Adopting County Policies which Limit Public Water System Sprawl and Promote Small System Consolidation

Adopting County Policies which Limit Public Water System Sprawl and Promote Small System Consolidation

Larry Lai

Executive Summary

The state of California currently contains more than 3,000 active community water systems, and more than 7,000 publicly-regulated drinking water systems overall. Drinking water systems serving small disadvantaged communities often lack the technical, financial, and managerial capacity to adequately provide clean and safe drinking water to their customers. Common problems faced by these small water systems include poor water quality, rising retail water rates, and an over-reliance on a single source of ground or surface water supply. As an institutional response, water system regulators increasingly are looking at consolidation of these failing systems with nearby water systems that have better water quality and greater capacity. In 2015, the California state legislature authorized the State Water Resources Control Board (the Board), via Senate Bill 88, to facilitate the consolidation of severely underperforming water systems. Despite the clear benefits, a statutory directive, and financial inducements, many small, disadvantaged communities (SDACs) have felt that consolidation is infeasible and chose not to be consolidated even while failing to effectively serve their low-income customers. Consequently, this study identified and explained the often poorly understood policies that the 58 California counties may adopt to encourage small system consolidation.

Findings of this research report are divided into two parts. The first section summarizes past cases of water systems consolidation in California. Funding from past state ballot propositions has historically been the only means by which the state has subsidized the costs of consolidation for both receivingand subsumed water systems. The second part of the analysis consists of a review of existing county-level policy tools and an assessment of current consolidation evaluation decisions to limit community water system sprawl and encourage small system consolidation in California. Policy tools evaluated include county General Plan guidance, the roles of Local Agency Formation Commissions (LAFCOs), the roles of Local Primacy Agencies, and the roles of county Boards of Supervisors.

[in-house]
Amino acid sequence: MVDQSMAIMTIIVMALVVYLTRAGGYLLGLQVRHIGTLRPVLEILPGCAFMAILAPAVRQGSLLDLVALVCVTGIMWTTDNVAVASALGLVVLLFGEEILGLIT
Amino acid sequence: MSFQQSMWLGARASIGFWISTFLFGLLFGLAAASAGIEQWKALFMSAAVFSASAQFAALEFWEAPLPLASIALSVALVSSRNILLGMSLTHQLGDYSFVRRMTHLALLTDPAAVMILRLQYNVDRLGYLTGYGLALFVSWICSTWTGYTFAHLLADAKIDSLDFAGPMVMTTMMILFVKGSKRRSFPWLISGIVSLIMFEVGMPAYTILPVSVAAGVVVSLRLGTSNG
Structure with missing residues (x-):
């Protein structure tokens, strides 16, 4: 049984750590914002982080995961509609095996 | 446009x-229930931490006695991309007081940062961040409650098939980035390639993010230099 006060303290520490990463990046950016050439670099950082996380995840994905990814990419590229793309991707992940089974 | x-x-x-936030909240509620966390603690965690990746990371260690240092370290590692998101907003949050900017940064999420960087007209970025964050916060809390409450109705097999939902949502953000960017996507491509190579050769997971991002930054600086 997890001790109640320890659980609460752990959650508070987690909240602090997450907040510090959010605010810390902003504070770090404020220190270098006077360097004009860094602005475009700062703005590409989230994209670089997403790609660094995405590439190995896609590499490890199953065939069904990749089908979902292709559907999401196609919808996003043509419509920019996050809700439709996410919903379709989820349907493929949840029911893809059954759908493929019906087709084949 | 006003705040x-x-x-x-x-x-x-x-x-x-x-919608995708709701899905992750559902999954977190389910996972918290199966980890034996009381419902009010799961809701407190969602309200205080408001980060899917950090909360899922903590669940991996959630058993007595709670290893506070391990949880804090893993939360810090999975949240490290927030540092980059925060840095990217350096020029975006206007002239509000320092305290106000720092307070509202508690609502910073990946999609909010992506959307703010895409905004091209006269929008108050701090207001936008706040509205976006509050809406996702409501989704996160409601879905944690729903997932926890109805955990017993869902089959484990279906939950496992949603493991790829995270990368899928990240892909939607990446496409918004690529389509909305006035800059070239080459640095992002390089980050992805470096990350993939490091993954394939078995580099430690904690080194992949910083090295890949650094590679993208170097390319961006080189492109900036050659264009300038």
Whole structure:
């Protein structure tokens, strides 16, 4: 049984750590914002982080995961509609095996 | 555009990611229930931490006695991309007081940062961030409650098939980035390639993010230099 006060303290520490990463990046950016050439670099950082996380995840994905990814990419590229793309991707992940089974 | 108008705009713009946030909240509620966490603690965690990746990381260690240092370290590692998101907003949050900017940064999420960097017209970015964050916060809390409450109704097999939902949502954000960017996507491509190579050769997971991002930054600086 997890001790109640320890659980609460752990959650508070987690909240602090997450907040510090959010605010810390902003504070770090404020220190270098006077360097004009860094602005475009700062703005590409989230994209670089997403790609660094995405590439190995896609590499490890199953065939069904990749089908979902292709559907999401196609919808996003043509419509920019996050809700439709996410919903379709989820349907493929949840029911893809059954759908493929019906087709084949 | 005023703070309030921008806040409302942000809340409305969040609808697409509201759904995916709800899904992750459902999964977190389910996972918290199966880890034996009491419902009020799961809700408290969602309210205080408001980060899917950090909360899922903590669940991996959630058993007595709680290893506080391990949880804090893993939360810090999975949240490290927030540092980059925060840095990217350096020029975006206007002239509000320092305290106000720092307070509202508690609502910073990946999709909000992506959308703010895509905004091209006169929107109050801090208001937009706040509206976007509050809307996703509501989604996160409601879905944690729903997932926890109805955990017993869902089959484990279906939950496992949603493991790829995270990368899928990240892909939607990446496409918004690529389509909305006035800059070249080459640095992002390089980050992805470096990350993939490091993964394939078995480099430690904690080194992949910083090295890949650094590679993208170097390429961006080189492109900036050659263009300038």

The author found that specific General Plan guidance for drinking water system consolidation is not available in every county, and counties appear to have adopted more specific guidance based on past water system sprawl. The involvement of LAFCOs, LPAs, and County Boards of Supervisors is critical to the success of efforts to consolidate water systems. LAFCOs are the most impactful actor at the county level because of their authority in approving and modifying the Sphere of Influence (SOI) formunicipalities. Boards of Supervisors’ participation in the consolidation of water systems could beintegral to the success of the efforts by putting pressure on and/or encouraging the actors above and the cities within their remit. Without the support from the Boards of Supervisors, the roles of the LPAs are limited by their jurisdiction over only small water systems and other more influential actors in the consolidation process. The supervisors’ role is likely to have a more general impact on annexation trends and not on specific consolidation efforts. Problems with funding support are a hindranceto the success of consolidation projects. Decreasing transaction costs for consolidation could beessential to actualizing a sizable number of consolidations in the near future.